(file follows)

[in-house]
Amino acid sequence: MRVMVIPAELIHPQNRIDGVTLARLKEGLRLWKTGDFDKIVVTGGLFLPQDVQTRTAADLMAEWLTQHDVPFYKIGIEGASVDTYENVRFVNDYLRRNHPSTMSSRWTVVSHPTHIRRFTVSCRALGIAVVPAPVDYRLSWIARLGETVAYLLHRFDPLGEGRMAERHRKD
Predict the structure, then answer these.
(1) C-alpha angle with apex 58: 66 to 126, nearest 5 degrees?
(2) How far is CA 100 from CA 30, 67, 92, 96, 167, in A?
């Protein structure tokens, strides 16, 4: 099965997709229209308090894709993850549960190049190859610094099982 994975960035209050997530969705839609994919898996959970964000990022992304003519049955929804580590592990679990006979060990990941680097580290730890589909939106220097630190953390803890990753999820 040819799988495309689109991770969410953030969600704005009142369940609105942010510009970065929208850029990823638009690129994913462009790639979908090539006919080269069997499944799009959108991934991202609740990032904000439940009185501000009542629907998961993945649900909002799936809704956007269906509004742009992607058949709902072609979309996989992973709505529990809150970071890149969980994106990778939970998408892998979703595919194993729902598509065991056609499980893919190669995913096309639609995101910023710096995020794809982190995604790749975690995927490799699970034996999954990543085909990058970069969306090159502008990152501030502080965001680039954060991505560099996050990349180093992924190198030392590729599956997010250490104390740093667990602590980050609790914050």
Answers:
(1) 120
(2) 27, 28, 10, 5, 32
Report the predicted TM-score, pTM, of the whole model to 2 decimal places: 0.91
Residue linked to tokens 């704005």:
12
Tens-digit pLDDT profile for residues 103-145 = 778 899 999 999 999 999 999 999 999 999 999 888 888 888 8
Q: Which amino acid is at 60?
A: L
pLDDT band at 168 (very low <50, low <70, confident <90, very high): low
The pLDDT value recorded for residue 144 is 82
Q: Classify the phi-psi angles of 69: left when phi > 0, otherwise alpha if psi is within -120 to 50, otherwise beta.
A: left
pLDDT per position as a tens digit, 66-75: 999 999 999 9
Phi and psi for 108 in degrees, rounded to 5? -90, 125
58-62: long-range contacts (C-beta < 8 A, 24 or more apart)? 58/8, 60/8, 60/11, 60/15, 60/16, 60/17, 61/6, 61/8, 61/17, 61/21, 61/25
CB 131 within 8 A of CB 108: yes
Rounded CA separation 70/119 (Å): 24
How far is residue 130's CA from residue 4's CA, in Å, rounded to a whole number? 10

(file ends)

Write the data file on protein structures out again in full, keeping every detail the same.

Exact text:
[in-house]
Amino acid sequence: MRVMVIPAELIHPQNRIDGVTLARLKEGLRLWKTGDFDKIVVTGGLFLPQDVQTRTAADLMAEWLTQHDVPFYKIGIEGASVDTYENVRFVNDYLRRNHPSTMSSRWTVVSHPTHIRRFTVSCRALGIAVVPAPVDYRLSWIARLGETVAYLLHRFDPLGEGRMAERHRKD
Predict the structure, then answer these.
(1) C-alpha angle with apex 58: 66 to 126, nearest 5 degrees?
(2) How far is CA 100 from CA 30, 67, 92, 96, 167, in A?
């Protein structure tokens, strides 16, 4: 099965997709229209308090894709993850549960190049190859610094099982 994975960035209050997530969705839609994919898996959970964000990022992304003519049955929804580590592990679990006979060990990941680097580290730890589909939106220097630190953390803890990753999820 040819799988495309689109991770969410953030969600704005009142369940609105942010510009970065929208850029990823638009690129994913462009790639979908090539006919080269069997499944799009959108991934991202609740990032904000439940009185501000009542629907998961993945649900909002799936809704956007269906509004742009992607058949709902072609979309996989992973709505529990809150970071890149969980994106990778939970998408892998979703595919194993729902598509065991056609499980893919190669995913096309639609995101910023710096995020794809982190995604790749975690995927490799699970034996999954990543085909990058970069969306090159502008990152501030502080965001680039954060991505560099996050990349180093992924190198030392590729599956997010250490104390740093667990602590980050609790914050």
Answers:
(1) 120
(2) 27, 28, 10, 5, 32
Report the predicted TM-score, pTM, of the whole model to 2 decimal places: 0.91
Residue linked to tokens 């704005």:
12
Tens-digit pLDDT profile for residues 103-145 = 778 899 999 999 999 999 999 999 999 999 999 888 888 888 8
Q: Which amino acid is at 60?
A: L
pLDDT band at 168 (very low <50, low <70, confident <90, very high): low
The pLDDT value recorded for residue 144 is 82
Q: Classify the phi-psi angles of 69: left when phi > 0, otherwise alpha if psi is within -120 to 50, otherwise beta.
A: left
pLDDT per position as a tens digit, 66-75: 999 999 999 9
Phi and psi for 108 in degrees, rounded to 5? -90, 125
58-62: long-range contacts (C-beta < 8 A, 24 or more apart)? 58/8, 60/8, 60/11, 60/15, 60/16, 60/17, 61/6, 61/8, 61/17, 61/21, 61/25
CB 131 within 8 A of CB 108: yes
Rounded CA separation 70/119 (Å): 24
How far is residue 130's CA from residue 4's CA, in Å, rounded to a whole number? 10